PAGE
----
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High-Altitude Astronomy
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High-Altitude-Astronomy

Credit: Alan L
Source: http://www.flickr.com/photos/35188692@N00/2282306375
License: CC BY-NC 3.0

Snow in Hawaii? This island paradise is supposed to be warm and sunny all year round. And it is, except for a few isolated spots. On the Big Island, the twin mountains of Mauna Kea (13,800 feet), Mauna Loa (13,700 feet) get some snow every year. Haleakala on Maui only stands slightly above 10,000 feet and is not likely to get as much snow as the other two mountains. All three mountains have observatories located on their summits.

Why It Matters

  • The boiling point of water is affected by the atmosphere above the water. The higher the altitude, the lower the boiling point due to a decrease in vapor pressure. At the top of Mauna Kea, water will boil at approximately 186°F or 85.6°C. These decreases in boiling point temperature will lead to somewhat cooler water for making coffee or tea. Cooking will also be affected since the CO2 generated by baking soda or yeast will cause faster expansion since the pressure is lower.
  • Altitude has a significant effect upon oxygen content and utilization by the body. The fraction of oxygen in the air is essentially the same (~20%), but the amount available will be less since the air pressure is lower. Therefore, less oxygen will reach the cells to provide energy. Oxygen deprivation can begin as low as 8,000 feet for some people.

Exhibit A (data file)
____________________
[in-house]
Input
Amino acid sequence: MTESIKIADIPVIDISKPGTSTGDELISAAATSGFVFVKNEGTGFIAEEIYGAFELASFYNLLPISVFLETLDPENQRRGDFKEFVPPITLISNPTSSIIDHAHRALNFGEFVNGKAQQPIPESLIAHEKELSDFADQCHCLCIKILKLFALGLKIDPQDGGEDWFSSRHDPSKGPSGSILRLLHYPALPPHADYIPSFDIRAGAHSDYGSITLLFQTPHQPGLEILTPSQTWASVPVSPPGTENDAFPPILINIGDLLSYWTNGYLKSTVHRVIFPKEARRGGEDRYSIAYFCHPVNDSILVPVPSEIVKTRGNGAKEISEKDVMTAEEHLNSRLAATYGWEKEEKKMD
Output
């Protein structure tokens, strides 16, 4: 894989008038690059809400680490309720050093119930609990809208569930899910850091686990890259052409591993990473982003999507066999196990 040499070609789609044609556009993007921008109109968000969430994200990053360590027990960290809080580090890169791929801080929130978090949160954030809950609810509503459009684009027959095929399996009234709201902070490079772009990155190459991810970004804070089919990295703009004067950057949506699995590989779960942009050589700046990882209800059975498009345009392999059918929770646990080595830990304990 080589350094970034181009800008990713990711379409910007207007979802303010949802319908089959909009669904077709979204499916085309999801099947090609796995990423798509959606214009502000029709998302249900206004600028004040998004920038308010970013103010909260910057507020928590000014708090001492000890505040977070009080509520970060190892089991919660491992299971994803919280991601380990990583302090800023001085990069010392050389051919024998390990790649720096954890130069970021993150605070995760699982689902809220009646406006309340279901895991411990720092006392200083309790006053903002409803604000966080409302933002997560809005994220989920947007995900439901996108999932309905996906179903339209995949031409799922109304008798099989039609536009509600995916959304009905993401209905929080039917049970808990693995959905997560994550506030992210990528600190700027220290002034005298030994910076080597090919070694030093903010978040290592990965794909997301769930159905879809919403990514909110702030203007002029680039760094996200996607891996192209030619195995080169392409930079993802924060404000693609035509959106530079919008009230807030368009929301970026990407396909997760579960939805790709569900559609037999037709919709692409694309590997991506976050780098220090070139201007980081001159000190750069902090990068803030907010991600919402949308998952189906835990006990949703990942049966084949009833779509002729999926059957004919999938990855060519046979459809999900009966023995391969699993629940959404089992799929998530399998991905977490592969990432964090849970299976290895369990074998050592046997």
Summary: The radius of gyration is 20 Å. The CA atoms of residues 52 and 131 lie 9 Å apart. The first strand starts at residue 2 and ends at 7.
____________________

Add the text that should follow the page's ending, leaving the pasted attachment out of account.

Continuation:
• A high-altitude observatory presents advantages in terms of clarity of sight, less light and less air pollution. The drawback is the low oxygen concentration at high altitudes. As a result, many observatory functions are automated and monitored remotely. However, there are resident scientists and staff at the summit of Mauna Kea. These people are required to come down from the mountain every four days to reverse the effects of oxygen deprivation that leads to impaired mental functioning.
  • Credit: Matt Rafferty
    Source: http://www.flickr.com/photos/62546270@N07/6855901968/
    License: CC BY-NC 3.0

    The low light pollution at Mauna Kea allows for fantastic images of the night sky [Figure2]

     

  • Watch a video at the site below to see some of the observatories on Mauna Kea: https://www.youtube.com/watch?v=hRuvLgTi-ow

Can You Apply It?

Use the links below to learn more aboutthe effects of high altitude, thenanswer the following questions.

  1. What happens to liquids at high altitudes when cooking?
  2. Will dough rise faster or slower at high altitude?
  3. What is one of the first symptoms of hypoxia?
  4. Does successful acclimatization restore the same level of physical and mental functioning?
  5. What precautions are taken for staff working at Mauna Kea?

Image Attributions

  1. [1]^ Credit: Alan L; Source: http://www.flickr.com/photos/35188692@N00/2282306375; License: CC BY-NC 3.0
  2. [2]^ Credit: Matt Rafferty; Source: http://www.flickr.com/photos/62546270@N07/6855901968/; License: CC BY-NC 3.0

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